1. RCInet.ca’s online forums are not anonymous. Users must register, and give their full name and place of residence, which are displayed alongside each of their comments. RCInet.ca reserves the right not to publish comments if there is any doubt as to the identity of their author.
  2. Assuming the identity of another person with intent to mislead or cause harm is a serious infraction that may result in the offender being banned.
  3. RCInet.ca’s online forums are open to everyone, without regard to age, ethnic origin, religion, gender or sexual orientation.
  4. Comments that are defamatory, hateful, racist, xenophobic, sexist, or that disparage an ethnic origin, religious affiliation or age group will not be published.
  5. In online speak, writing in ALL CAPS is considered yelling, and may be interpreted as aggressive behaviour, which is unpleasant for the people reading. Any message containing one or more words in all caps (except for initialisms and acronyms) will be rejected, as will any message containing one or more words in bold, italic or underlined characters.
  6. Use of vulgar, obscene or objectionable language is prohibited. Forums are public places and your comments could offend some users. People who use inappropriate language will be banned.
  7. Mutual respect is essential among users. Insulting, threatening or harassing another user is prohibited. You can express your disagreement with an idea without attacking anyone.
  8. Exchanging arguments and opposing views is a key component of healthy debate, but it should not turn into a dialogue or private discussion between two users who address each other without regard for the other participants. Messages of this type will not be posted.
  9. Radio Canada International publishes contents in five languages. The language used in the forums has to be the same as the contents we publish. The usage of other languages, with the exception of some words, is forbidden. Messages that are off-topic will not be published.
  10. Making repetitive posts disrupts the flow of discussions and will not be tolerated.
  11. Adding images or any other type of file to comments is forbidden. Including hyperlinks to other websites is allowed, as long as they comply with netiquette. Radio Canada International  is in no way responsible for the content of such sites, however.
  12. Copying and pasting text written by someone else, even if you credit the author, is unacceptable if that text makes up the majority of your comment.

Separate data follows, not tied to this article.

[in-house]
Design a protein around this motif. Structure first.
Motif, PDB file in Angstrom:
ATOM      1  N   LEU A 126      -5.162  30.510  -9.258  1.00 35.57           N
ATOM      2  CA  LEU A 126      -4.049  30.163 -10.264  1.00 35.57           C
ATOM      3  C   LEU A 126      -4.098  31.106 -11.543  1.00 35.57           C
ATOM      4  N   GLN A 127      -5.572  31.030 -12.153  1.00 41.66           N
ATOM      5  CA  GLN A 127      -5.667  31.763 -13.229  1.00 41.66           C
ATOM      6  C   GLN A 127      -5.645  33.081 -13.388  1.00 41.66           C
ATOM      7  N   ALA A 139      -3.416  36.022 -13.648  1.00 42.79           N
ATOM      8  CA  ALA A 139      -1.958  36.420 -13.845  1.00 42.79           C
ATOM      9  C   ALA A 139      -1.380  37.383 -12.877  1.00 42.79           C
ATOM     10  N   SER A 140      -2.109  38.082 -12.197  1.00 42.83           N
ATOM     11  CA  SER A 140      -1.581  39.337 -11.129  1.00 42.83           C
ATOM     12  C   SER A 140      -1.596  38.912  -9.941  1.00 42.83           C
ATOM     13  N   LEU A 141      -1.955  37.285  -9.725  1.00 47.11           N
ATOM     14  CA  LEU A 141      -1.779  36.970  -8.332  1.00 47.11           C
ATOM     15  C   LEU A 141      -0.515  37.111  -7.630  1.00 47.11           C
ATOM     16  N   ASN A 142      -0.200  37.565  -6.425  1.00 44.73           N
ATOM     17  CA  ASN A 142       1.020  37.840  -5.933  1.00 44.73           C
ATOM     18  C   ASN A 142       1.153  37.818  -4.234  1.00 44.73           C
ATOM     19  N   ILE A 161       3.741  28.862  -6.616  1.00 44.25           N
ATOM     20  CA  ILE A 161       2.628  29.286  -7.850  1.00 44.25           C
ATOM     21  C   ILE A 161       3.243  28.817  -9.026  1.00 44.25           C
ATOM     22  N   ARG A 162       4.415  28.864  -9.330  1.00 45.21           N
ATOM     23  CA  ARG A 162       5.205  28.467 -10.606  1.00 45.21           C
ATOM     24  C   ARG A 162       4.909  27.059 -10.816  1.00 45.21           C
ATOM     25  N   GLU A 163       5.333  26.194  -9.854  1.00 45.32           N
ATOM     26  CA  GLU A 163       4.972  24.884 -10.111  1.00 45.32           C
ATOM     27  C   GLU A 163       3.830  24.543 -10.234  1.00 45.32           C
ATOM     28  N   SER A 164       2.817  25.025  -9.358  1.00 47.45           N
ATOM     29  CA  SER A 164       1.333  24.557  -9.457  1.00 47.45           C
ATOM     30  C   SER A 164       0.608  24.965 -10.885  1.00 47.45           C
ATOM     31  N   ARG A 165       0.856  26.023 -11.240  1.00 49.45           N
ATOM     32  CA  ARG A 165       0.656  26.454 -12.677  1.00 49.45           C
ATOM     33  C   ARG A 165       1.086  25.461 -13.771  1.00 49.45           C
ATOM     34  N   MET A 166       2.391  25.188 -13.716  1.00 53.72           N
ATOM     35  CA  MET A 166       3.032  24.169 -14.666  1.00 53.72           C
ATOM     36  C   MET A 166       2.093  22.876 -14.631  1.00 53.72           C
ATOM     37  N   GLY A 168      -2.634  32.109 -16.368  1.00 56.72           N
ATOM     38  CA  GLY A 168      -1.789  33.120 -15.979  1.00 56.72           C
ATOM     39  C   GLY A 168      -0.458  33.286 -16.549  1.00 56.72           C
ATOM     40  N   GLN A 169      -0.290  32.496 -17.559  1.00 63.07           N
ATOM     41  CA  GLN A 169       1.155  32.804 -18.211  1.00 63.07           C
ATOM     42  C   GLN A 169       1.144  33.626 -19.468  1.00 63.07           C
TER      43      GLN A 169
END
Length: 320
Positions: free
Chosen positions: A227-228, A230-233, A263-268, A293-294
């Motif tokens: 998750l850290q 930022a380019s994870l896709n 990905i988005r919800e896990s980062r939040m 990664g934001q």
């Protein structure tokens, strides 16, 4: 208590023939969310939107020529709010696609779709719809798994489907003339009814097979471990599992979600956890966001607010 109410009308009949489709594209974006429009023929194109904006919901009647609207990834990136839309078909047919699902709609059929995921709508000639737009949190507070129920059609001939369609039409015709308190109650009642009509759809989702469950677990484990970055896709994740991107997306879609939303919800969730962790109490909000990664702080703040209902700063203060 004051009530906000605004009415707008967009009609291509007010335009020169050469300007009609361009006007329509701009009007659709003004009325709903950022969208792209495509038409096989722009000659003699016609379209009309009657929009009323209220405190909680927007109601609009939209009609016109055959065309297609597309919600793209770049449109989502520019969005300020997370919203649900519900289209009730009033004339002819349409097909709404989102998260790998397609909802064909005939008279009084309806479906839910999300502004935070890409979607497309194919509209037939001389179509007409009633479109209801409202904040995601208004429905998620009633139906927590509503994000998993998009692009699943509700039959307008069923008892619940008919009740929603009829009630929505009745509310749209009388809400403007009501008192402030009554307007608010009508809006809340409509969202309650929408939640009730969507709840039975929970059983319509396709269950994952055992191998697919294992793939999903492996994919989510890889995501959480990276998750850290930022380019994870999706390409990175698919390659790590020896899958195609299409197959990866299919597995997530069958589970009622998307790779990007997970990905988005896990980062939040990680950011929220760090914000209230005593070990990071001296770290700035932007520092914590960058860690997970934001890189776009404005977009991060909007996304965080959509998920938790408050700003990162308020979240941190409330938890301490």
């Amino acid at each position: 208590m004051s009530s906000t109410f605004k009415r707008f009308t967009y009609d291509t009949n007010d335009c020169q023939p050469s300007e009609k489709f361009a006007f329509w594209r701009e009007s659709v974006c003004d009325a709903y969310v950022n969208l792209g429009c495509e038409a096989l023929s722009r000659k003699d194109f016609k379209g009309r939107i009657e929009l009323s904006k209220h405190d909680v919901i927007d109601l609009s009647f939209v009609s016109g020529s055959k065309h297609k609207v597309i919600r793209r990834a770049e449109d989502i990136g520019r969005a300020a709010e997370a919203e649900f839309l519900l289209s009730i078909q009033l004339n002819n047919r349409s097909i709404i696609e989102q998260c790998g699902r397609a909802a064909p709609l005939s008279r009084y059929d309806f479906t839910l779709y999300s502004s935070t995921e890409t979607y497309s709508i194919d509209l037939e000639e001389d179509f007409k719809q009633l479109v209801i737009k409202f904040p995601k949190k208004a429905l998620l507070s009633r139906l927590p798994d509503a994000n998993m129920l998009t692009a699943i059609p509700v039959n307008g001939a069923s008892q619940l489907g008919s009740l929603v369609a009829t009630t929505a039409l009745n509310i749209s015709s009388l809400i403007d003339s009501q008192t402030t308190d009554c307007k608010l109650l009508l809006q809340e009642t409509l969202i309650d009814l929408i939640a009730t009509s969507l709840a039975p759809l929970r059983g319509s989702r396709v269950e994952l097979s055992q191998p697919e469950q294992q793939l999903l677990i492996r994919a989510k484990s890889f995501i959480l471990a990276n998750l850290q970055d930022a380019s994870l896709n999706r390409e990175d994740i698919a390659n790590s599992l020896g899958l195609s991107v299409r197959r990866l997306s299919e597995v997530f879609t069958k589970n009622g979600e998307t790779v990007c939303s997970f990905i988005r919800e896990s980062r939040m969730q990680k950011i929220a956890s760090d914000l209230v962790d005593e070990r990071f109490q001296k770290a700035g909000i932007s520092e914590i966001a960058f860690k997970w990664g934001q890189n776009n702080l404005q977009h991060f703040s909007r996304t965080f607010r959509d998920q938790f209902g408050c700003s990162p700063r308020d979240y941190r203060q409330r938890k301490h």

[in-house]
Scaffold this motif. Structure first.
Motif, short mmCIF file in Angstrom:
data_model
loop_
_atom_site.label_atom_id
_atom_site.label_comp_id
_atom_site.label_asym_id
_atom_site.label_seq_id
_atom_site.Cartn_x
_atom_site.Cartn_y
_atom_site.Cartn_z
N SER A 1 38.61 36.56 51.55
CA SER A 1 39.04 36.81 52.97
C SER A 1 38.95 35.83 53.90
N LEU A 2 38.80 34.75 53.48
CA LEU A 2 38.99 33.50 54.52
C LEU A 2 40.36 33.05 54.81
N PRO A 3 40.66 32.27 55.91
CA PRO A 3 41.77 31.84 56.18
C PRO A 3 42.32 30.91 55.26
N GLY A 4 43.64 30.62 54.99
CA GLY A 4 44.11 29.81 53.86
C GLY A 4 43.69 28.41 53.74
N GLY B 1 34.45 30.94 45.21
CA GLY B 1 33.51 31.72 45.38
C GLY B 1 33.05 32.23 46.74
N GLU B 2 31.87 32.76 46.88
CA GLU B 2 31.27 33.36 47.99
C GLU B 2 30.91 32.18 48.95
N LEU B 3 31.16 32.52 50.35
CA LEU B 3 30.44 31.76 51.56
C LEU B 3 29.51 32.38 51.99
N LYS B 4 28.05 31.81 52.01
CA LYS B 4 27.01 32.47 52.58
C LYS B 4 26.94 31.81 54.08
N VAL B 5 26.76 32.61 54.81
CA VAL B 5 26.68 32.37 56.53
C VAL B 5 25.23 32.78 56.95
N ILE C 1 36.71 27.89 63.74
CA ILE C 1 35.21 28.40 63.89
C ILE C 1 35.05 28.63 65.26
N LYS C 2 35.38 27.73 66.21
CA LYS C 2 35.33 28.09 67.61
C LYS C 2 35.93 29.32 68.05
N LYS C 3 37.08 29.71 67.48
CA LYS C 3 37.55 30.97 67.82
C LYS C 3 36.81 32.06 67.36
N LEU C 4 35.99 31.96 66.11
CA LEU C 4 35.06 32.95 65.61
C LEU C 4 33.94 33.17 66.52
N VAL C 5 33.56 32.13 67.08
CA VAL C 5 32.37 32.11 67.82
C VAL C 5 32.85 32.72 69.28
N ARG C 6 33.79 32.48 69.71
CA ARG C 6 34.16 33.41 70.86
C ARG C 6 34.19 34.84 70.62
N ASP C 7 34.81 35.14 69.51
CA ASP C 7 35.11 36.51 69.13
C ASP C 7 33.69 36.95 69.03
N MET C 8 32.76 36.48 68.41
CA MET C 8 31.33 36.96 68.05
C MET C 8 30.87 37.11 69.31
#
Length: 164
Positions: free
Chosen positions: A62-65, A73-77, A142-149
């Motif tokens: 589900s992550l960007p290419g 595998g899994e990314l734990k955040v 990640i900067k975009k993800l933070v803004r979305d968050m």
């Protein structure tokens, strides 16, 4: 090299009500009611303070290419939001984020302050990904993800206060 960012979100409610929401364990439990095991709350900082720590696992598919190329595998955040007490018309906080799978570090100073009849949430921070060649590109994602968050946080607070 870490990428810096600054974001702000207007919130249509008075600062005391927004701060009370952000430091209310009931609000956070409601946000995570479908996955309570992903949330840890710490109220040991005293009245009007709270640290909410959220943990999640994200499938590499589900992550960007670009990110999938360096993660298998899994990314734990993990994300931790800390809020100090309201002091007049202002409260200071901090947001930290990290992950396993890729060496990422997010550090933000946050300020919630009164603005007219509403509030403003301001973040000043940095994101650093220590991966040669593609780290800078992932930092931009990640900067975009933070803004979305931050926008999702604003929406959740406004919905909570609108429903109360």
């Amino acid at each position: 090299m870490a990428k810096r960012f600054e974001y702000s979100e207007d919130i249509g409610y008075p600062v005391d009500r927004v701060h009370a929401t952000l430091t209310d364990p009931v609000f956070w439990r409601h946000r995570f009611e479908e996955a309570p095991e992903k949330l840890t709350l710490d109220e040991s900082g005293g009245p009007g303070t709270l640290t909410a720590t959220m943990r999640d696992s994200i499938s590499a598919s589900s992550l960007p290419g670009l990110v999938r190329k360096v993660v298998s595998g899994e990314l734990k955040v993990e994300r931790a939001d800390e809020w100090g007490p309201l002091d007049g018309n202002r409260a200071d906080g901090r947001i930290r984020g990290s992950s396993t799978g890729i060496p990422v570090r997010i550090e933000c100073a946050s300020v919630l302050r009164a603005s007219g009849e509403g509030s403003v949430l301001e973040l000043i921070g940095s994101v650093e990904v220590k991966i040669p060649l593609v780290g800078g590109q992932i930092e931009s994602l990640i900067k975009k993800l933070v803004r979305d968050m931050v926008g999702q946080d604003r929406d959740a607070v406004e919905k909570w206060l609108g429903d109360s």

13. Posting any type of advertising or call to action, in any form, to Radio Canada International  forums is prohibited.
  14. All comments and other types of content are moderated before publication. Radio Canada International  reserves the right to refuse any comment for publication.
  15. Radio Canada International  reserves the right to close a forum at any time, without notice.
  16. Radio Canada International  reserves the right to amend this code of conduct (netiquette) at any time, without notice.
  17. By participating in its online forums, you allow Radio Canada International to publish your comments on the web for an indefinite time. This also implies that these messages will be indexed by Internet search engines.
  18. Radio Canada International has no obligation to remove your messages from the web if one day you request it. We invite you to carefully consider your comments and the consequences of their posting.

*

One comment on “World Press Freedom Day
  1. Avatar Ursula Wagner says:

    We often hear about Reporters without Borders, how they risk their lives to inform us,

    That is what I find out, and it is shocking

    https://www.theguardian.com/media/2018/dec/05/threat-journalists-highest-level-10-years-report

    according to The Guardian 300 journalists were killed since 2008, including 31 so far in 2018 till Dec 2018.

    Journalists live a very dangerous life, interesting the ranking list; USA is behind
    Romania
    Even those who report about climate change are in danger.

    https://www.barillacfn.com/en/magazine/food-and-society/the-role-of-environmental-journalism-in-climate-change/